It’s a dreaded part of job interviews. You know before you even shake hands and greet the interviewer that he or she might ask, “What is your greatest weakness?”
This question seems nearly impossible to answer in a meaningful way. After all, how many people are accurate and insightful judges of their worst characteristics? And how many are comfortable freely sharing their weaknesses with potential employers? Not many, I’d say, based on what I’ve witnessed while interviewing job candidates. But a question about your weaknesses doesn’t have to be a dreaded part of the interview process if you understand why employers are asking such a question.
Hiring committees use these inquiries as humility tests. Employers want to make sure you’re humble enough to accept that you have weaknesses. No one wants to work with an arrogant know-it-all who fails to recognize his or her own limitations. Everyone wants to work with a confident but humble person who recognizes opportunities to improve himself or herself. That’s why interviewers care about how you answer the question more than they care about what your actual weaknesses might be.
When faced with a job-interview question about your weaknesses, show employers your humble side with the following strategies:
- Identify one specific trait that you think is a weakness and indicate that you’re working on better habits. You might say, for example, “I am always working on time management because I tend to get caught up in the minor details.” Go on to describe specific ways you’ve worked to improve and positive results you’ve seen so far.
- Describe a specific task or project that challenged you and that could have had better results. In other words, talk about a failure or a partial failure. Don’t pretend that every one of your previous endeavors has been a smashing success. This is an excellent chance to show that you’re a realistic, down-to-earth person who knows there is always room for learning and improvement.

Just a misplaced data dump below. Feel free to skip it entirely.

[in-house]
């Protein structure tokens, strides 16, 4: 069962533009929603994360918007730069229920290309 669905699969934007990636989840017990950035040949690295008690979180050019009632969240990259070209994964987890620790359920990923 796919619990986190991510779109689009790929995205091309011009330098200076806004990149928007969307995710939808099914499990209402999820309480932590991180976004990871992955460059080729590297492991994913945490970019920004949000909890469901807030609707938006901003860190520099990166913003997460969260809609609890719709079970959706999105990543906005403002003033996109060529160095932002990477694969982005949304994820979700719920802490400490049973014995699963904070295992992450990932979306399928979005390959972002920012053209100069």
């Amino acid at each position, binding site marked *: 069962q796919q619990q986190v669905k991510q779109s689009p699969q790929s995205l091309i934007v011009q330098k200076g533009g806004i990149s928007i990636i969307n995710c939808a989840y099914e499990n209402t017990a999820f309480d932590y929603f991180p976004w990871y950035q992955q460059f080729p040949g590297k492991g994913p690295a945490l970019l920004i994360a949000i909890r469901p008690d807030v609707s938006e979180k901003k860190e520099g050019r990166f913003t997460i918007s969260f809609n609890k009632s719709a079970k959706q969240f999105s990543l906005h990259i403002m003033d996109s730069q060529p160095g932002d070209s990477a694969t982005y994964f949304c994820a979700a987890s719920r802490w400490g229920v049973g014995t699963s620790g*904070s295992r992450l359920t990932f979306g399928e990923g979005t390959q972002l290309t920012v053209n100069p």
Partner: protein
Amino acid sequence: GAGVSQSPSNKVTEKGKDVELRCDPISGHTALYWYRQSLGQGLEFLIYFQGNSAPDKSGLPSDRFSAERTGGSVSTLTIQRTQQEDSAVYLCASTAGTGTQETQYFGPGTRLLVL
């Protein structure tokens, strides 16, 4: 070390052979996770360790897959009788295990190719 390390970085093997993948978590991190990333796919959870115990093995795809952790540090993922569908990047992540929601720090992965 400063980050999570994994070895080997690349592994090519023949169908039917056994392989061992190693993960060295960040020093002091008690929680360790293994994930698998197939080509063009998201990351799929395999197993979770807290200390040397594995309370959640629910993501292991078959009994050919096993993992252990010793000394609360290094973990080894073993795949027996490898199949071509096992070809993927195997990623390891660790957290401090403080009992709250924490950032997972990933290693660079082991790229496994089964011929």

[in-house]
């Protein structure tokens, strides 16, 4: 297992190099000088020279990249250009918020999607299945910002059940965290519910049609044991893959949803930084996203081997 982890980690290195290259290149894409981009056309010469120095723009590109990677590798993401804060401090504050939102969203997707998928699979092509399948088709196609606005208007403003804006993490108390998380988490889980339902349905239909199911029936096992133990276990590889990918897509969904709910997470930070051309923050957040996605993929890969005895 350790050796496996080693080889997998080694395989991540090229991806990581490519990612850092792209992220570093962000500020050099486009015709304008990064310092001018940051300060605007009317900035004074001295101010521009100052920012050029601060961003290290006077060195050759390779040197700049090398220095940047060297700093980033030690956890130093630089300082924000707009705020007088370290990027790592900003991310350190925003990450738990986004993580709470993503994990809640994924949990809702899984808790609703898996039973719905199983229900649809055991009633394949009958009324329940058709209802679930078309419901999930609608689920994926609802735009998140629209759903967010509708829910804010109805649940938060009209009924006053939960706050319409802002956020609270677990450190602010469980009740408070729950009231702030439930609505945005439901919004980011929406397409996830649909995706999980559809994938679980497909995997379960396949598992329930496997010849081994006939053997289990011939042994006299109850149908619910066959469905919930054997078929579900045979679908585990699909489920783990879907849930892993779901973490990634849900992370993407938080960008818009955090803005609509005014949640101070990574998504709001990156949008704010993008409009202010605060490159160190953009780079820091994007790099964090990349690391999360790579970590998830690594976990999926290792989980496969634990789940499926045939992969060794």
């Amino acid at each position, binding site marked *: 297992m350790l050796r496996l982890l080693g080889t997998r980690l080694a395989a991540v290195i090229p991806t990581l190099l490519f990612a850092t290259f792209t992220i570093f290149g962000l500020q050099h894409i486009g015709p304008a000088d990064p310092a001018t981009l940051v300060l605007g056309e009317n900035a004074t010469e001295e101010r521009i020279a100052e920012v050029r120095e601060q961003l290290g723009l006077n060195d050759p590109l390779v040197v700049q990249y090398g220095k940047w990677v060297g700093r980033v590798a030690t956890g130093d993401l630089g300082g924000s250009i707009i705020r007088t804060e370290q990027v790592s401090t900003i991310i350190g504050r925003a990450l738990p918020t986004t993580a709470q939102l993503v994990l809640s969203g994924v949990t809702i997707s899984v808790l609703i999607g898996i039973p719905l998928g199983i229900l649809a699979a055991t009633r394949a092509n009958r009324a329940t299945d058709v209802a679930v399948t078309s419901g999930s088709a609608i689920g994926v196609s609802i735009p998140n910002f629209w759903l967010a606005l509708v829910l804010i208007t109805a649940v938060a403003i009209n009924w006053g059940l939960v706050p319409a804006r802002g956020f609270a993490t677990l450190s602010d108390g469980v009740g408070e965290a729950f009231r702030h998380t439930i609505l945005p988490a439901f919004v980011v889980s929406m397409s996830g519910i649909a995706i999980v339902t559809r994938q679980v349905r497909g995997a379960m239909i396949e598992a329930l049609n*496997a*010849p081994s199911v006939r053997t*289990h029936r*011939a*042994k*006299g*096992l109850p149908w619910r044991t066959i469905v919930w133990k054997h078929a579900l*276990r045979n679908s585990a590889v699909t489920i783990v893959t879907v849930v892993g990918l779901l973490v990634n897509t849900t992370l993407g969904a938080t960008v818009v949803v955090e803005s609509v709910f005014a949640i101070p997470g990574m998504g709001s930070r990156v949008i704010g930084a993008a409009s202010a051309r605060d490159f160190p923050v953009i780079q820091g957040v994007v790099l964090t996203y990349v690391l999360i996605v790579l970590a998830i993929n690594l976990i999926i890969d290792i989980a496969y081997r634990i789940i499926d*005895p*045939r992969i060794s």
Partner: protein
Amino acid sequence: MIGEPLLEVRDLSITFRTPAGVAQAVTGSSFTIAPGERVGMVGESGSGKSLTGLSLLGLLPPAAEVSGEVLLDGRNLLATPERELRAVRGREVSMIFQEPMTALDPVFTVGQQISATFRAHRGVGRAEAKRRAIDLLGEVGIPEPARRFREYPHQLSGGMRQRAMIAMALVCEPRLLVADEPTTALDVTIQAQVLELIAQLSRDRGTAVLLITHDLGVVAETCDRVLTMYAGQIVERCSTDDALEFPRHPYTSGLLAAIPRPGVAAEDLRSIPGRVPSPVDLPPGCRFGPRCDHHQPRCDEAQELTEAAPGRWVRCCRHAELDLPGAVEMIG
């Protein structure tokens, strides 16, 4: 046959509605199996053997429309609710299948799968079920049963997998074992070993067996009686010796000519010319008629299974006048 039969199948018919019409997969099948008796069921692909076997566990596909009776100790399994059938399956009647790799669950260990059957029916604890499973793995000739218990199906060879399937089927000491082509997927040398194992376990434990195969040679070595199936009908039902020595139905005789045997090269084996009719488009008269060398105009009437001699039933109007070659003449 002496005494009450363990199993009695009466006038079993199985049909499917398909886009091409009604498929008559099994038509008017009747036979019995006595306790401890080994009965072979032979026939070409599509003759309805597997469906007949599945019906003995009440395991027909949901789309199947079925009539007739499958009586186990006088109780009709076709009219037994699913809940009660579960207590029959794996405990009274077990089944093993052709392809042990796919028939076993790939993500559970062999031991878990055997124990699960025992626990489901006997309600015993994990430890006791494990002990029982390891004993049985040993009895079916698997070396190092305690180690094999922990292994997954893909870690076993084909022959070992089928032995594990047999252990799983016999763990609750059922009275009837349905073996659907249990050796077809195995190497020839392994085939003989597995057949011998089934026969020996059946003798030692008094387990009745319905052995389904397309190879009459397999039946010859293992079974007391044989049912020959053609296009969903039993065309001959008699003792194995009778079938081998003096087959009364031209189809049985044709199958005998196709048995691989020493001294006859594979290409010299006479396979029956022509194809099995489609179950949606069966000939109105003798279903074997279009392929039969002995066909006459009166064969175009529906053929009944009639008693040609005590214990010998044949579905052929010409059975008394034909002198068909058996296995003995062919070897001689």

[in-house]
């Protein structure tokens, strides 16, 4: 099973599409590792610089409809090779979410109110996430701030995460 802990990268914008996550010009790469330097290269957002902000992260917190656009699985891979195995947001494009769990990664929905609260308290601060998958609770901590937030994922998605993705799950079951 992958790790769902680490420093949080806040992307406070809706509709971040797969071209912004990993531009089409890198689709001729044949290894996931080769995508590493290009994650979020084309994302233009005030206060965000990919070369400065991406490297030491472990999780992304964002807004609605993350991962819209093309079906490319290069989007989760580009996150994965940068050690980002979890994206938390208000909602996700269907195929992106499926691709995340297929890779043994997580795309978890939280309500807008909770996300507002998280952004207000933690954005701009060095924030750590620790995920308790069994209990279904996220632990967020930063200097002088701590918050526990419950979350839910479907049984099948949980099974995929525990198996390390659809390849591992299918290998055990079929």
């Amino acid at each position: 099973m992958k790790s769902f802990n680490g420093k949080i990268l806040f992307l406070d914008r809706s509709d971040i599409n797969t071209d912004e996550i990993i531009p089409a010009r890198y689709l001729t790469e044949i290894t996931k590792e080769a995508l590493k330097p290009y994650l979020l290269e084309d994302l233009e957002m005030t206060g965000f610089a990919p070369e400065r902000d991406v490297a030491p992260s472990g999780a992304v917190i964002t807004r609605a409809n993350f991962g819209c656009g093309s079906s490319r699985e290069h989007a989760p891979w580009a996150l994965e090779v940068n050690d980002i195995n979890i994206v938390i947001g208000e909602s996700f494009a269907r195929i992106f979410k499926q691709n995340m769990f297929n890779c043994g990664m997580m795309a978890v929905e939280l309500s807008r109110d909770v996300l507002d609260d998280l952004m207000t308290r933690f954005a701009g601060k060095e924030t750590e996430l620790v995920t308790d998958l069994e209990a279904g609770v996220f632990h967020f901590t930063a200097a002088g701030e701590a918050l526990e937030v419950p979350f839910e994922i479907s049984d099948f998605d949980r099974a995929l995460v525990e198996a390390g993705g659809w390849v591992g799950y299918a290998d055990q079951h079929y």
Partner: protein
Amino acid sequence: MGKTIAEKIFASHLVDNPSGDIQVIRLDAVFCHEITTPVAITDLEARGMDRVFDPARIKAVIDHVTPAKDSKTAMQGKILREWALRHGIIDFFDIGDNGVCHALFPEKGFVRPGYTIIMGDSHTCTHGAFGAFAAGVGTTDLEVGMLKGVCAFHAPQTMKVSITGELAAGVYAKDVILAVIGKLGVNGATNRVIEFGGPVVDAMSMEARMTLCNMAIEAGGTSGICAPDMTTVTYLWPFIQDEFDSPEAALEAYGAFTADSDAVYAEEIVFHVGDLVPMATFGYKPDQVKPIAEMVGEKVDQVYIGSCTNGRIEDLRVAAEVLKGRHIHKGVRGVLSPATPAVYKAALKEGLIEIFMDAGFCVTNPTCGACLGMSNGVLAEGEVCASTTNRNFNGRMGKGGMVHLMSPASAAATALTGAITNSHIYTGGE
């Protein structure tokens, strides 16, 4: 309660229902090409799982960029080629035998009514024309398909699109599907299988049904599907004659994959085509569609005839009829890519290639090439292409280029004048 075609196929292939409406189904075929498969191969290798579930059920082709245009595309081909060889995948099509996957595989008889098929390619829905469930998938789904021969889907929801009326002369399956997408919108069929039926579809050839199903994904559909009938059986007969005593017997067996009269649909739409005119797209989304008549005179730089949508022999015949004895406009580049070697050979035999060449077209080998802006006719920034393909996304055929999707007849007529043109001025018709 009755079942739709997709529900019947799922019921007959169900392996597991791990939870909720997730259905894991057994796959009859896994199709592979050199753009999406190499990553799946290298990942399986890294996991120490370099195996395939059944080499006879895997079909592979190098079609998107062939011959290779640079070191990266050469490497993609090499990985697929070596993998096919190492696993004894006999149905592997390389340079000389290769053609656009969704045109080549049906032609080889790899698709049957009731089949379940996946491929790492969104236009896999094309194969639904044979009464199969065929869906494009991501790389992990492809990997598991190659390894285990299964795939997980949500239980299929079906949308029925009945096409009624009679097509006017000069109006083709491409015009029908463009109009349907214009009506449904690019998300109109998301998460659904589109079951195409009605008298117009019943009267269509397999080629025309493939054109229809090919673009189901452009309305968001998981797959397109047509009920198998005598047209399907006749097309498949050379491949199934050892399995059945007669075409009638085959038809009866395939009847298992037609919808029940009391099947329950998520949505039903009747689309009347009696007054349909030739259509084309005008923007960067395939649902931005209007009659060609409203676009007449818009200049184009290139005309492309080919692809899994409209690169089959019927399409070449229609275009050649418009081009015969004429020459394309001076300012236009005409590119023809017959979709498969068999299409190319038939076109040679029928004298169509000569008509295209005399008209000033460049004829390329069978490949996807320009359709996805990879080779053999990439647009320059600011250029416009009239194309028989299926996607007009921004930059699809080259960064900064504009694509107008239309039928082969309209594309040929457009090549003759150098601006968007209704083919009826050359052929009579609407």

- Describe how you learned something new from a colleague, something that related to the weakness you identified. Employers want to hire team players. They want to hire people who will value the input of supervisors, will collaborate with coworkers, and who will be open to constructive criticism. If you can refer to good working relationships you had with previous colleagues, here’s your chance to illustrate how much you value being part of a good team.
There’s a great deal of employment advice that suggests you should never show fallibility during an interview, that you should seem confident even to the point of cockiness or arrogance. Don’t be fooled by this bad advice.
While it’s true that employers prefer candidates who can answer smoothly and confidently, they also seek candidates who demonstrate openness to new ideas along with willingness to grow and learn. In a February 2014 interview with The New York Times, Google executive Laszlo Bock, explained that the ability to learn new things is the most important quality his company seeks in new hires. Though other organizations may not articulate it so openly, Google is certainly not alone in this preference. So, to land the job you really want, show employers your humble side as well as your confidence.